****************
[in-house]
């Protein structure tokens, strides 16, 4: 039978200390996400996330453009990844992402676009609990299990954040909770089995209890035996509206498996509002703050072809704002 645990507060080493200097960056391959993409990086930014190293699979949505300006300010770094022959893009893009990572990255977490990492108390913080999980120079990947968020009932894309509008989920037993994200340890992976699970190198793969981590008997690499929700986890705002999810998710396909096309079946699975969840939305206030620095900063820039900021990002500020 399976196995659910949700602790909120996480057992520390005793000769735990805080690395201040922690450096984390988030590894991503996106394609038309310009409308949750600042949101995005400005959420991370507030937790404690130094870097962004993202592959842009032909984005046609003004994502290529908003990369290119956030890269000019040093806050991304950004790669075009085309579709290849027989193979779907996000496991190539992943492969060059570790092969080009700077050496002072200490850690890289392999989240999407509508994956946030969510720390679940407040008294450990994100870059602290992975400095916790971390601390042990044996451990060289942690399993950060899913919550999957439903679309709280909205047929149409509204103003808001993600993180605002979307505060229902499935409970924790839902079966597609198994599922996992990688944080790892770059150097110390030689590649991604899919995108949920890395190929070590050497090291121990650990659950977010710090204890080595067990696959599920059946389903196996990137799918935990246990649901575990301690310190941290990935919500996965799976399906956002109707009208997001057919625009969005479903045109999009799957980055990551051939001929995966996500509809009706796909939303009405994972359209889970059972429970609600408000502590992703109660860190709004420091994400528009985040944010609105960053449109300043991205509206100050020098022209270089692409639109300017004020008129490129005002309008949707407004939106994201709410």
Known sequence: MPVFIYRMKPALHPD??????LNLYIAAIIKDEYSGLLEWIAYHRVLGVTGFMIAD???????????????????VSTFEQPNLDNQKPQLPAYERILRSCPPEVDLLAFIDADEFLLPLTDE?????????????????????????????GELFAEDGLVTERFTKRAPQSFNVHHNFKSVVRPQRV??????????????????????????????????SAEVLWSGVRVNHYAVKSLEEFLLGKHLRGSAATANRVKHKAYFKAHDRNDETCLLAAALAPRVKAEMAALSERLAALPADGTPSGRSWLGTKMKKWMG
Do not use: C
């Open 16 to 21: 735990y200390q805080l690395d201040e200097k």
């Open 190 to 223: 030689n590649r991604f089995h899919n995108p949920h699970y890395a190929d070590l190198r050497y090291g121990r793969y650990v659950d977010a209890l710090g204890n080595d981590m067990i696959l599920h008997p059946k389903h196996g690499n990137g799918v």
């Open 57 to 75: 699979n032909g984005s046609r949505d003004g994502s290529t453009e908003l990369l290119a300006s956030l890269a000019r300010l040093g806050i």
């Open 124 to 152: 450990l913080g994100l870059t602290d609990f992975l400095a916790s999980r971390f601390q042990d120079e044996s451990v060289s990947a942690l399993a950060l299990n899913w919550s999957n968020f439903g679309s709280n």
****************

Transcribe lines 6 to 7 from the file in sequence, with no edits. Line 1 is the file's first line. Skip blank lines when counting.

């Open 190 to 223: 030689n590649r991604f089995h899919n995108p949920h699970y890395a190929d070590l190198r050497y090291g121990r793969y650990v659950d977010a209890l710090g204890n080595d981590m067990i696959l599920h008997p059946k389903h196996g690499n990137g799918v």
């Open 57 to 75: 699979n032909g984005s046609r949505d003004g994502s290529t453009e908003l990369l290119a300006s956030l890269a000019r300010l040093g806050i």